“The Power of a Righteous Example,” Liahona, June 2011, 19
In April 1992 my family and I were living in Provo, Utah, where we had moved from Canada so I could complete a degree in engineering at Brigham Young University. My son Jase, who was 17, had become friends with a young woman named Krista.
On the Saturday evening of general conference weekend, Jase came into the living room and asked if he could borrow the car to take Krista out for a milk shake. I tossed him the keys, and he went into the kitchen to call her. I could hear one side of the conversation, which went like this:
“Hi, Krista, it’s me, Jase. I was wondering if you would like to go out for a milk shake.” Silence. “You mean after priesthood meeting? Well, OK, I’ll call you then. See ya.”
Jase hung up the phone and came back into the living room.
“So are you going out with her?” I asked.
“She said she would like to go,” he replied, “but she told me to call her back after I get home from the priesthood session.” With a dejected look on his face, he slunk off to his room.
Something hit me like a ton of bricks. I had grown up in southern Alberta, nearly 80 miles (130 km) from the stake center. No one had expected me or even my parents, who had leadership positions in our branch, to show up for conference sessions, let alone the priesthood session. Now someone was counting on it.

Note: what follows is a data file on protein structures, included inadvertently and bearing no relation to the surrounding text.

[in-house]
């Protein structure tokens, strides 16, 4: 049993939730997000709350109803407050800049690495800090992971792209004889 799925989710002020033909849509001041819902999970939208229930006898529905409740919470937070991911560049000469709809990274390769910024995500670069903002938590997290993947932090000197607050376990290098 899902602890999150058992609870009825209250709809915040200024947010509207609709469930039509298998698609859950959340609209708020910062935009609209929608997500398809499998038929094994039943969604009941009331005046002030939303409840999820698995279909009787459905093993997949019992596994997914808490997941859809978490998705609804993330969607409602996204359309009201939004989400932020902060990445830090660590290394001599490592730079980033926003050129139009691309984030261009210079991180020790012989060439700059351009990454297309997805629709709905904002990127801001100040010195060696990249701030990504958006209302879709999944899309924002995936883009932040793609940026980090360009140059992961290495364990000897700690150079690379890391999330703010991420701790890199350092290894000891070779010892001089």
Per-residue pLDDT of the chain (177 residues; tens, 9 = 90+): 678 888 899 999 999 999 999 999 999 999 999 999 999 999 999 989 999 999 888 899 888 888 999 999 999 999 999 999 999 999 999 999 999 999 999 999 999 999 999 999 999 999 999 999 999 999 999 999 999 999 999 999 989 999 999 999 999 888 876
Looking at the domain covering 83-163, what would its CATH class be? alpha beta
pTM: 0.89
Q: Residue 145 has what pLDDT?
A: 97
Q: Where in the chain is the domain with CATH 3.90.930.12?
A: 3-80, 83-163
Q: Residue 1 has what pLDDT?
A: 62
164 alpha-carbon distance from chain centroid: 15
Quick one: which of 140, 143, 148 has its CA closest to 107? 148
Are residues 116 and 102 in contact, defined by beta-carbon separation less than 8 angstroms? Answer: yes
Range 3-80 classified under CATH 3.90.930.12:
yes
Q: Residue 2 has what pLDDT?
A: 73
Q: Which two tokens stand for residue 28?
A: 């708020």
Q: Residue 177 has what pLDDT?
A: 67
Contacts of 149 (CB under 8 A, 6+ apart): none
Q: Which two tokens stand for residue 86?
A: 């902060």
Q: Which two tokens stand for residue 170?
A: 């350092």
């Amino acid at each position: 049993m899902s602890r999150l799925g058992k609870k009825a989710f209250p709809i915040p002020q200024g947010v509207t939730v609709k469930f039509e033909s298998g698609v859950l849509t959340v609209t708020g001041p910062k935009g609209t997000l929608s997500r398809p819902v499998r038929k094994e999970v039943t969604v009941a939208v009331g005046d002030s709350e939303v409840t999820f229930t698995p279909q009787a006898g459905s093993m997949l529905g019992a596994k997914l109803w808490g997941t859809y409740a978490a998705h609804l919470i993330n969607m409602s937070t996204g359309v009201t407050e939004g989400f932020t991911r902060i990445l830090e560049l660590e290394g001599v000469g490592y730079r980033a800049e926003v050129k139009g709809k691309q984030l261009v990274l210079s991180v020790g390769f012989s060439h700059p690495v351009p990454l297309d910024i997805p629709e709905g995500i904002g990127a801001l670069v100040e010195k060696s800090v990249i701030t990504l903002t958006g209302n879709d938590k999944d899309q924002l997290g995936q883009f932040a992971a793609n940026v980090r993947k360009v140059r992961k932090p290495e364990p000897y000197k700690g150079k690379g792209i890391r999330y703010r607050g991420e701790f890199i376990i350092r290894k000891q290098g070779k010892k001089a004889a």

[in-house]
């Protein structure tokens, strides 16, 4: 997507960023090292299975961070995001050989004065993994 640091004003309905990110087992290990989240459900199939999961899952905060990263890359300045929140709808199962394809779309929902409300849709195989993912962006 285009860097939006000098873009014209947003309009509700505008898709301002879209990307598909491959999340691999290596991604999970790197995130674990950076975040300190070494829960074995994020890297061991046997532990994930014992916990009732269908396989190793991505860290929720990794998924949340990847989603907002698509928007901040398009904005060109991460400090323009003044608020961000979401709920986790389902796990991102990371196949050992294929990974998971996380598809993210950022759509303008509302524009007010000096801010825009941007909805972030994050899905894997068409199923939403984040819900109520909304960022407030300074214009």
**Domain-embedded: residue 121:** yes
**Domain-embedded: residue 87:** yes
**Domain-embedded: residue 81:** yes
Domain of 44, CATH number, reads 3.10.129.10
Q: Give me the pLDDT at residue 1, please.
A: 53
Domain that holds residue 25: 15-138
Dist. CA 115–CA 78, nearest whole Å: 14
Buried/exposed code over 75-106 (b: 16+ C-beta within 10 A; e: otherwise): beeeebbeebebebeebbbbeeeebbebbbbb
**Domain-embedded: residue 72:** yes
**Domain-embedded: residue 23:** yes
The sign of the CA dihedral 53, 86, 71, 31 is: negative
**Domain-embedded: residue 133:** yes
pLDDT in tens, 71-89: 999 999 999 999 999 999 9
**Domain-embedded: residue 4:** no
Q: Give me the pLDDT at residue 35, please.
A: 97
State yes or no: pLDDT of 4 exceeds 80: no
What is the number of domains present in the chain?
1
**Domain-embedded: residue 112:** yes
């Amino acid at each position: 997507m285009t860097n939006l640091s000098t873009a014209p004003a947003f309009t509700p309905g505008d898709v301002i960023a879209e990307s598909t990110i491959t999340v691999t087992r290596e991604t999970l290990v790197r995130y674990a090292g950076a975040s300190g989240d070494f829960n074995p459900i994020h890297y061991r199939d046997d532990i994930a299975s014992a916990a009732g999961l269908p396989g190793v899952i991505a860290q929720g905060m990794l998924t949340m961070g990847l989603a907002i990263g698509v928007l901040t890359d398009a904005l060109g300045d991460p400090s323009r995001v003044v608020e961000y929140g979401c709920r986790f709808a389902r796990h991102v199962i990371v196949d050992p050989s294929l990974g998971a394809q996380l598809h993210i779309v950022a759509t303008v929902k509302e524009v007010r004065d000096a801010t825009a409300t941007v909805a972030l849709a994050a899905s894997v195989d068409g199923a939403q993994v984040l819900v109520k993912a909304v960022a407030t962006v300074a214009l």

What would my response be to my son’s look of sadness as he went to his room? I knew that my decision would set a precedent for years to come.
I got up from my chair and called down the hall to Jase and my second son, a newly ordained deacon, “Change your clothes. We have 10 minutes to get to the priesthood session at the stake center.” I hurried to get ready, and when I came out of my bedroom, both boys were ready, and we headed for the car.
I don’t remember the talks very well, but I remember that we felt the Spirit. It felt good to be at the priesthood session with my sons. When we came home, Jase felt good about himself, which made me feel good. He called Krista, and they went to get milk shakes.
In the two decades that have passed since that day, the priesthood holders in our family have not missed a single priesthood session of general conference. Because a righteous young woman stood up for her beliefs, our family had the opportunity to change, and we continue to hear the words of latter-day prophets and feel the Spirit in the priesthood session of general conference.